|[Hiking through a dry stream bed in Sakaerat during a collecting trip]|
Fungi pose peculiar compounding problems in the context of conservation. These issues range from research/infrastructural problems like the unfinished and shifting foundation of taxonomy and lack of funding for biodiversity surveys and other non-commercializable research, to global problems like the rate of habitat loss and limited awareness of and interest in fungal diversity.
[Throughout the post are images of fungi (and some insects) found at the Sakaerat Bioreserve in Thailand.]
|[A harmless giant millipede climbs a large Chlorophyllum]|
The original fungal classification system was based on morphological features, but current DNA-based molecular research methods have caused enormous shifts in mycologists' understandings of what delimits a fungal species and how the taxonomic groups are related. Because most early studies of mycology were conducted in Europe, most species descriptions and identification resources unevenly emphasize European species, and molecular work has made it clear that in many cases applying the name of a similar-looking European species to a collection from another continent is misleading and inaccurate.
|[Bright orange agarics- Cystoagaricus trisulphuratus, or Agaricus crocopeplus?]|
I've noticed in Thailand and Malaysia that what few macrofungal identification resources exist are incomplete and/or inaccurate. This highlights a critical problem in fungal conservation--if the fungi aren't identified correctly or have yet to be formally described, then establishing distribution and identifying which are threatened is virtually impossible. These problems only apply where there has been at least an attempt at surveying the fungal biodiversity, but because of lack of funding, interest, and mycologists, not enough surveying has been done. Some current surveys focus on using only molecular data/DNA sequencing, but the databases that the sequences are referenced against are incomplete/inaccurate and these surveys depend on resources that may not be available in developing countries (particularly in the case of "next generation"/high throughput sequencing).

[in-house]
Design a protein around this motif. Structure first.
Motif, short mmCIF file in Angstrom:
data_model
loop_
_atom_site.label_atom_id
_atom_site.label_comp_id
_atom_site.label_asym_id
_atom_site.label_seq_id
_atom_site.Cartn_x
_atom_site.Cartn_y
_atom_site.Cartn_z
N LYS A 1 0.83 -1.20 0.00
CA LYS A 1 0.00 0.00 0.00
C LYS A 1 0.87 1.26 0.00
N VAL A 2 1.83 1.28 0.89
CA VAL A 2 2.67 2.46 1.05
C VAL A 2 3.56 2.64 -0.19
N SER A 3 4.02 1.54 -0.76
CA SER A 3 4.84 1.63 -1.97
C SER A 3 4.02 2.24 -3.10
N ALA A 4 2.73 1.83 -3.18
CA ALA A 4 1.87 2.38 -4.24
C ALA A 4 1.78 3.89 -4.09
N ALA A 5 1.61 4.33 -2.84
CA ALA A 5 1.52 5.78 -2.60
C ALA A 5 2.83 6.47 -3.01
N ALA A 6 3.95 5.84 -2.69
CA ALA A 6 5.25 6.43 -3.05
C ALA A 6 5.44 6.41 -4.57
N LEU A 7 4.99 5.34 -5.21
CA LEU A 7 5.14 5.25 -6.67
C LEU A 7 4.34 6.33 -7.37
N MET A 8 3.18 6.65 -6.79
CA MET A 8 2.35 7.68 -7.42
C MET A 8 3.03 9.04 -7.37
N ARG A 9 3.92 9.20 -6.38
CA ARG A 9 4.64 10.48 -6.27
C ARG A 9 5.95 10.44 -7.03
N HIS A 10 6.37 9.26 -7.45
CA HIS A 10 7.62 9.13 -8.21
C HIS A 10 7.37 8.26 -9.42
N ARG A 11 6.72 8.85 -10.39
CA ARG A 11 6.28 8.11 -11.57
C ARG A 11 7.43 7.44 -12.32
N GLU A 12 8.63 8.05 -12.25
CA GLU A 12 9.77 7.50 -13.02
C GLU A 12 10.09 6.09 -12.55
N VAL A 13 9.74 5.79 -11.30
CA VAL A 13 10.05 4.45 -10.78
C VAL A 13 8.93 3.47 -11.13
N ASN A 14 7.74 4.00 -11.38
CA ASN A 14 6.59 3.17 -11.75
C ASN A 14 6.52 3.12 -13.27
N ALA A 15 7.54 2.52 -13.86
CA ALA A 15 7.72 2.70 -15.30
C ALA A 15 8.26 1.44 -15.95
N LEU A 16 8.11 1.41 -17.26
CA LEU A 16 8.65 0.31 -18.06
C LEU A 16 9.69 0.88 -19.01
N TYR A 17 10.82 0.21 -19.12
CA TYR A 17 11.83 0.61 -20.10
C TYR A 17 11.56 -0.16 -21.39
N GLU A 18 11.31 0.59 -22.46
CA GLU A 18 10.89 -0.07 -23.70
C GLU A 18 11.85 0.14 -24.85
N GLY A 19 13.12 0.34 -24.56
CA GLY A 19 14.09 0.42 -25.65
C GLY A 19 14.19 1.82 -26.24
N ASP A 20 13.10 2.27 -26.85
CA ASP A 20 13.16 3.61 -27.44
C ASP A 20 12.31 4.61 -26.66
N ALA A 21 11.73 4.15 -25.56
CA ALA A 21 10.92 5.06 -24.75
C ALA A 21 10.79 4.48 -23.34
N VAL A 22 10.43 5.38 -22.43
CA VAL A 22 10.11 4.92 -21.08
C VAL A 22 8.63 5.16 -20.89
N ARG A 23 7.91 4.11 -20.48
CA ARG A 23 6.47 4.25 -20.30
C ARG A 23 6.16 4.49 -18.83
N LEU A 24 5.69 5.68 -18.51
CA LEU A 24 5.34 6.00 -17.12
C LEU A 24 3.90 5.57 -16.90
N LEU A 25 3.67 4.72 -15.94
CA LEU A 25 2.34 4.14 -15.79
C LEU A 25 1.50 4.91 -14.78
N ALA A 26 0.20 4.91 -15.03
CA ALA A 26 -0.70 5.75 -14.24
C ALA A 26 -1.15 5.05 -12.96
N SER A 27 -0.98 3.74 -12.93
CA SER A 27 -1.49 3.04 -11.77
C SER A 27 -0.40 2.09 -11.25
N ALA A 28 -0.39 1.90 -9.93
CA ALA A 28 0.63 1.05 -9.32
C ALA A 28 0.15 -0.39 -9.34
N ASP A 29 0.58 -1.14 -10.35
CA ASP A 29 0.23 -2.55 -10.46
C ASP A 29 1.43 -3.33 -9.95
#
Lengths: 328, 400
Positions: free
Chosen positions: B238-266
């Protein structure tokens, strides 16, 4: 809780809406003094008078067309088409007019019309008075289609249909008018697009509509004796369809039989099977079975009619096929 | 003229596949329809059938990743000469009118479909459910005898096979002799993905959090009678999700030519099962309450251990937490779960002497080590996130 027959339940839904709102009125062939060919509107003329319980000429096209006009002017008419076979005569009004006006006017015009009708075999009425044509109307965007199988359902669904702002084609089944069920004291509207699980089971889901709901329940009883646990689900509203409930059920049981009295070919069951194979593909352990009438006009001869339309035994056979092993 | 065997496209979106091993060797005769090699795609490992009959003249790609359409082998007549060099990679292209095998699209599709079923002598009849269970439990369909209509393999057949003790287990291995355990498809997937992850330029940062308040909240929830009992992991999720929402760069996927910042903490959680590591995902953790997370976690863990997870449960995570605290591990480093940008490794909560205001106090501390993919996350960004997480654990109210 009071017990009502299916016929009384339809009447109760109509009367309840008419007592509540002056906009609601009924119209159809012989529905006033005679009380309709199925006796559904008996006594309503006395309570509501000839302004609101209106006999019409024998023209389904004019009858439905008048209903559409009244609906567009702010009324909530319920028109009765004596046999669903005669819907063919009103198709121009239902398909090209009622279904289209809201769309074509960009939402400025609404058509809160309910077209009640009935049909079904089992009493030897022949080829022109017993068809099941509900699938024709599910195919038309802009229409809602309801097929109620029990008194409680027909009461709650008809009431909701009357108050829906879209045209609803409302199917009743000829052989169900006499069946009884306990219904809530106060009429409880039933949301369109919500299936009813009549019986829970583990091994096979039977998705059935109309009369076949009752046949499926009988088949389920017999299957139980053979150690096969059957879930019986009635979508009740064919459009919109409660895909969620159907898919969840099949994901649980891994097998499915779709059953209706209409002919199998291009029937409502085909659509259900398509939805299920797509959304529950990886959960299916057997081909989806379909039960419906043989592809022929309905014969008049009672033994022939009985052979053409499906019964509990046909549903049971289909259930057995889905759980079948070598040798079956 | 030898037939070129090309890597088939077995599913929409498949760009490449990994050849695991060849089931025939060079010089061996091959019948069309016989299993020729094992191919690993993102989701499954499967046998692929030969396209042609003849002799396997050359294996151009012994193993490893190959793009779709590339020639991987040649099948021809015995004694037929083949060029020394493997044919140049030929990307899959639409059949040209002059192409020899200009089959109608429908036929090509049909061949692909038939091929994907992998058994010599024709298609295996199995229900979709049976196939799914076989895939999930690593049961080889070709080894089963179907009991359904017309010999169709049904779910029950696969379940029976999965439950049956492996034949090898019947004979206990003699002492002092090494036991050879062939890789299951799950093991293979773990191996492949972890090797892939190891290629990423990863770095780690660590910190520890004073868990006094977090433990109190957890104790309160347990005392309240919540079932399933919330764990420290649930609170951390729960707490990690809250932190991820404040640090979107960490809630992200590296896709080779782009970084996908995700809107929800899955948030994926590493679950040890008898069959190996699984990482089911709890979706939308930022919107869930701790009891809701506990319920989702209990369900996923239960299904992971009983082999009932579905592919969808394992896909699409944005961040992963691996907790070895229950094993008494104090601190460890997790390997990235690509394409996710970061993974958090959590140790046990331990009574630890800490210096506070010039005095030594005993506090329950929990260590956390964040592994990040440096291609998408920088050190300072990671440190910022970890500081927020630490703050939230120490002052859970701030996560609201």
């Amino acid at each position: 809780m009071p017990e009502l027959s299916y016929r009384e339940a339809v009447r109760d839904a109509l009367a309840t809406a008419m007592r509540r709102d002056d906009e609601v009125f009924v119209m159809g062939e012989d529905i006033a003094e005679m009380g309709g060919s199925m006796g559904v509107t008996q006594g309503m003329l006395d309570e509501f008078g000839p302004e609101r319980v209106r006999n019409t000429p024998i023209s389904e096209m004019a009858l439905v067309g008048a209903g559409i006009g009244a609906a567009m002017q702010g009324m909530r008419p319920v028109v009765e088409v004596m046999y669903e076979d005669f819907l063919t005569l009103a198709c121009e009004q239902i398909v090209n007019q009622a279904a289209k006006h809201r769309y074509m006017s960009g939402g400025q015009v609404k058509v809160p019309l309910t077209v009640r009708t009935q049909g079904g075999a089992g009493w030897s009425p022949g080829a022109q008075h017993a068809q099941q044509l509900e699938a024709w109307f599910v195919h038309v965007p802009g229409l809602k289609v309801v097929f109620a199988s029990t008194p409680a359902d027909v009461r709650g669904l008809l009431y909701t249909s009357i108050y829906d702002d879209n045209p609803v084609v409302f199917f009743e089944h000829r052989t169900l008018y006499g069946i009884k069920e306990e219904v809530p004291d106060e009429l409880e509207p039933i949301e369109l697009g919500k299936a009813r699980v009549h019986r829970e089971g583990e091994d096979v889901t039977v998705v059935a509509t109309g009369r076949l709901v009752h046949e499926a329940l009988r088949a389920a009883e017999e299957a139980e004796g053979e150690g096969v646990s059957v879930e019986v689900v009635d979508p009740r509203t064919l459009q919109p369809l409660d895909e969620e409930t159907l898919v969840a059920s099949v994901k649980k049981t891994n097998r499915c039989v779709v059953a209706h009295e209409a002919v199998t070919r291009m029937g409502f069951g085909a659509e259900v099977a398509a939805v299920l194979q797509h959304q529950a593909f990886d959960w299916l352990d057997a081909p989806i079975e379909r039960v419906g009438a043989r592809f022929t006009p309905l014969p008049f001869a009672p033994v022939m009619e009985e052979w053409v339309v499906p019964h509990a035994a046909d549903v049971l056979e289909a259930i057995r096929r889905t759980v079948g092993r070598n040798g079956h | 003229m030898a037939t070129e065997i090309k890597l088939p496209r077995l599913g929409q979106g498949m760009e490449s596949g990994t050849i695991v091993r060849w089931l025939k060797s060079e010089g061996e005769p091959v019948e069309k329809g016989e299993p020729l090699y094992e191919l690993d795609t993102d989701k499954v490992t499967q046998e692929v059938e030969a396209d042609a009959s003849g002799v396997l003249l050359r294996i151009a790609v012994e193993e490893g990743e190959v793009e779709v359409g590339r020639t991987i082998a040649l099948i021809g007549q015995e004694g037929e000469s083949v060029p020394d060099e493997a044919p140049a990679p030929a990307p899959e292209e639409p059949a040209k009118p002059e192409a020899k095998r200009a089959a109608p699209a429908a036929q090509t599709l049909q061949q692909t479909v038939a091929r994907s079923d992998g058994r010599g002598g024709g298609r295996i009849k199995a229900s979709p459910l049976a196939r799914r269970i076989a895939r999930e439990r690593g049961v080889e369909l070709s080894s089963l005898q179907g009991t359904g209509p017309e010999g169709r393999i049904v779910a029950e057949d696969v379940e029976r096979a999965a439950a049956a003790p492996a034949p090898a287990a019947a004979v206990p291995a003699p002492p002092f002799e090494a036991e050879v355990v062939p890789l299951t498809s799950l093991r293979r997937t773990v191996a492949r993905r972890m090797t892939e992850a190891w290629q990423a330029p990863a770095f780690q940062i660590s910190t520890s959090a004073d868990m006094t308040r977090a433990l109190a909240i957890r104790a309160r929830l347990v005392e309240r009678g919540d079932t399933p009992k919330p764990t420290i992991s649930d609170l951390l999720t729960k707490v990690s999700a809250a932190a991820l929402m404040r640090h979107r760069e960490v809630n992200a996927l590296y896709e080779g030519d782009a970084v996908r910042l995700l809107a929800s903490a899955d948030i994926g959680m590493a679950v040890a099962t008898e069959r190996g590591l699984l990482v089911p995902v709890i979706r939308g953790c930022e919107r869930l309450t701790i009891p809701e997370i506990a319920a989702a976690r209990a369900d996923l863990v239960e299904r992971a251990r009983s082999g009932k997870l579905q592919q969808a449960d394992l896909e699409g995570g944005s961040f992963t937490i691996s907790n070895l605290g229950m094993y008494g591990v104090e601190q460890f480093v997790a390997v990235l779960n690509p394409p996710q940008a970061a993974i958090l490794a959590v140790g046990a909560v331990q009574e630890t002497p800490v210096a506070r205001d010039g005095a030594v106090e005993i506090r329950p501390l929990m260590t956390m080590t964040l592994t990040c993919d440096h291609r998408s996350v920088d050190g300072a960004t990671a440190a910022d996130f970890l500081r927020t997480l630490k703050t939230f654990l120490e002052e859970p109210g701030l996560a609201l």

[Phillipsia domingensis - a very conspicuous and red disc fungus that was inaccurately given the name Sarcoscypha coccinea in multiple local ID books]
When so many fungi (including the microfungi unrepresented in this post) have not been documented or described, the simplest way to conserve fungi is to maintain undisturbed habitat and continue the efforts to document native fungi. Conservation is a dual act—ideally it includes practical efforts that directly affect the organisms of interest (habitat preservation, culture banking, inoculation of trees with endangered symbiotic species, etc) and it has to change land-use behaviors and educate local people, as human activity is generally accepted as the single largest threat to biodiversity.
|[An Austroboletus parasitized by a species of Hypomyces]|
Sakaerat is a UNESCO biosphere reserve consisting of a core area of uninhabited primary forest, with a surrounding buffer zone of restored forests containing a few villages. Briefly, the goal of biosphere reserves is to connect people to their environments with an emphasis on sustainability and conservation. This approach is pretty interesting-- it aims to both conserve habitat and maintain local peoples' stake in the area.
|[Auricularia spp. - appropriately called tree ear. Species of this genus are commonly eaten in Chinese cuisine]|